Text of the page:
Archive for February, 2011

Attaching a DAS track to GBrowse

A colleague Frank Schwach and myself recently set up a data source to be used by the Plasmodium berghei GBrowse hosted at

There were some complications in that the data sources are provided through a proxy that sits in front of multiple DAS servers of different types i.e proserver and dazzle.

A quick summary of our experience is described by Frank below in the hope that if anyone else runs into difficulties this will help them or they will get in touch with us for help.



“Turns out that the Bio::Graphics module at some point asks the DAS
server for it’s capabilities before retrieving any data. It does to find
out which types of features it can get.
So, even if a direct request for features would be successful on its own
(which it was in our case) it doesn’t work in Gbrowse unless the DAS
server states it’s capabilities correctly.
The complication on our side is that the DAS server goes through a
proxy, which is where the POST requests failed previously and now it
turned out that the proxy didn’t send the correct headers. Jonathan had
to modify the headers and now it does return the capabilities of the
source correctly. Unfortunately, Gbrowse doesn’t report the actual
problem with the DAS source even if you switch on all debugging options
in the code. The critical query happens in Bio::Das::Segment, when the
Bio::Graphics::Browser asks the Bio::Das::Segment object for the types.”

Me: In summary I didn’t realise GBrowse would be using POST for requests instead of GET and that the DAS spec specifies that for long requests a POST should be used!!! Ideally all data sources that provide a valid features response would have a valid types response – however many do not. Ensembl doesn’t require one but probably many other clients such as GBrowse do. This sort of thing is where the lack of conformity to the DAS spec by data providers (including us at the Sanger with many old data sources) is detrimental to the DAS system. I’m pleased to see that GBrowse uses the sources.xml response to see the capabilities of sources, and it’s important for these to be stated correctly where used.


JConsole – best kept secret?

When recently having memory issues with our new hardware running tomcat we found we could look at what resources tomcat was using with the jconsole program situated in JAVA_HOME/bin/ if you do a top to find the process id (PID) of tomcat you can just use jconsole PID like this: jconsole 12203 and you will get a fantastic graph options for memory, threads, classes.

A very useful resource indeed!!! This tool told me that our Perm Gen memory was running high relative to the amount allocated so I just upped the allocation using -XX:MaxPermSize=128m (default is 64m) in the tomcat startup script. Tomcat on our production servers has been reliable ever since.

Connection pooling problems

Since moving to using Tomcat from Resin for our production server and using spring templates for database connections the database connection pooling started to suffer from stale connections resulting in errors like this:


java.sql.SQLException: Communication link failure:, underlying cause: null


at com.mysql.jdbc.MysqlIO.readFully(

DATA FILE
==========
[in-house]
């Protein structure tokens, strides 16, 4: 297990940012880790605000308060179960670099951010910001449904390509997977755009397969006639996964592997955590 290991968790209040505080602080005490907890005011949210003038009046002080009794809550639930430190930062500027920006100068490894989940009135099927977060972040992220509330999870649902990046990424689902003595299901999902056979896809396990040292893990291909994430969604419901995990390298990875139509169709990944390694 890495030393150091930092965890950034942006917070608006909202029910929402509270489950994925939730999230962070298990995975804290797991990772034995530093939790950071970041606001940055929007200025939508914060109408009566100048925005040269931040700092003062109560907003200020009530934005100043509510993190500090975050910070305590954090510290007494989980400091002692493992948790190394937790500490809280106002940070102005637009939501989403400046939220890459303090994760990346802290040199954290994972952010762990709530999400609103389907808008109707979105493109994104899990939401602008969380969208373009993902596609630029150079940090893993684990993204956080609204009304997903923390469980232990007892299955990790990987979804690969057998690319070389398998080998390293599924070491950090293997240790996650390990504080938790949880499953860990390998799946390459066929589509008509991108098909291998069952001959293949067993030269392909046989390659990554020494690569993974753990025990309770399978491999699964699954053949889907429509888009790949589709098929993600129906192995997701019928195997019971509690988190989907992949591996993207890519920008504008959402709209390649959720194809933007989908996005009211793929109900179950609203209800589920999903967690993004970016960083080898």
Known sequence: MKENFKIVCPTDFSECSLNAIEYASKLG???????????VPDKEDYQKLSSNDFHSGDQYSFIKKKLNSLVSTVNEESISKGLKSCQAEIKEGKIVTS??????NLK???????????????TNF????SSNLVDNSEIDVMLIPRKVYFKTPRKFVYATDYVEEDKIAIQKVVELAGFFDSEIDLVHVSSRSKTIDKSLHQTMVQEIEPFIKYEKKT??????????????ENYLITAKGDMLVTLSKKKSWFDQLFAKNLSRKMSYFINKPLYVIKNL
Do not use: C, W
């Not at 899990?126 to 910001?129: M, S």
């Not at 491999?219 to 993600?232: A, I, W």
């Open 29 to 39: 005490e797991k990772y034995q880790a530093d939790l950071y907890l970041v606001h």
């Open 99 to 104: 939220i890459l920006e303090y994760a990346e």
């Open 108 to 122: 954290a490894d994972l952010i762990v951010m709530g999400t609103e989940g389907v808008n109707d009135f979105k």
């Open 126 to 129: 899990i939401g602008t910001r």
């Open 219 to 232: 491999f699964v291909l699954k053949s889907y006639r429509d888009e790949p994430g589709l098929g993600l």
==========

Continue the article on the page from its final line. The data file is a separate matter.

at com.mysql.jdbc.MysqlIO.reuseAndReadPacket(
at com.mysql.jdbc.MysqlIO.checkErrorPacket(
at com.mysql.jdbc.MysqlIO.sendCommand(


After hunting around for a solution I found that adding the following parameters to the database configuration in JNDI in context.xml solved the issue which would eventually cause a permgen out of memory error completely freezing tomcat and the VM it was running on:

validationQuery=”select 1″ testOnBorrow=”true”


copied below is the post I found that was most useful in solving this from


There are a few pointers on avoiding this situation, obtained from other sources, especially from the connection pool implementations of other drivers and from other application servers. Some of the information is already available in the Tomcat documentation on JNDI Data Sources.

  1. Establish a cleanup/reaper schedule that will close connections in the pool, if they are inactive beyond a certain period. It is not good practice to leave a connection to the database open for 8 hours (the MySQL default). On most application servers, the inactive connection timeout value is configurable and is usually less than 15 minutes (i.e. connections cannot be left in the pool for more than 15 minutes unless they are being reused time and again). In Tomcat, when using a JNDI DataSource, use the removeAbandoned and removeAbandonedTimeout settings to do the same.
  2. When a new connection is return from the pool to the application, ensure that it is tested first. For instance, most application servers that I know, can be configured so that connection to an Oracle database are tested with an execute of “SELECT 1 FROM dual”. In Tomcat, use the validationQuery property to set the appropriate query for MySQL – I believe this is “SELECT 1” (without quotes). The reason why setting the value of the validationQuery property helps, is because if the query fails to execute, the connection is dropped from the pool, and new one is created in its place.

As far are the behavior of your application is concerned, the user is probably seeing the result of the pool returning a stale connection to the application for the first time. The second time around, the pool probably returns a different connection that can service the application’s queries.

Tomcat JNDI Data Sources are based on Commons DBCP, so the configuration properties applicable to DBCP will apply to Tomcat as well.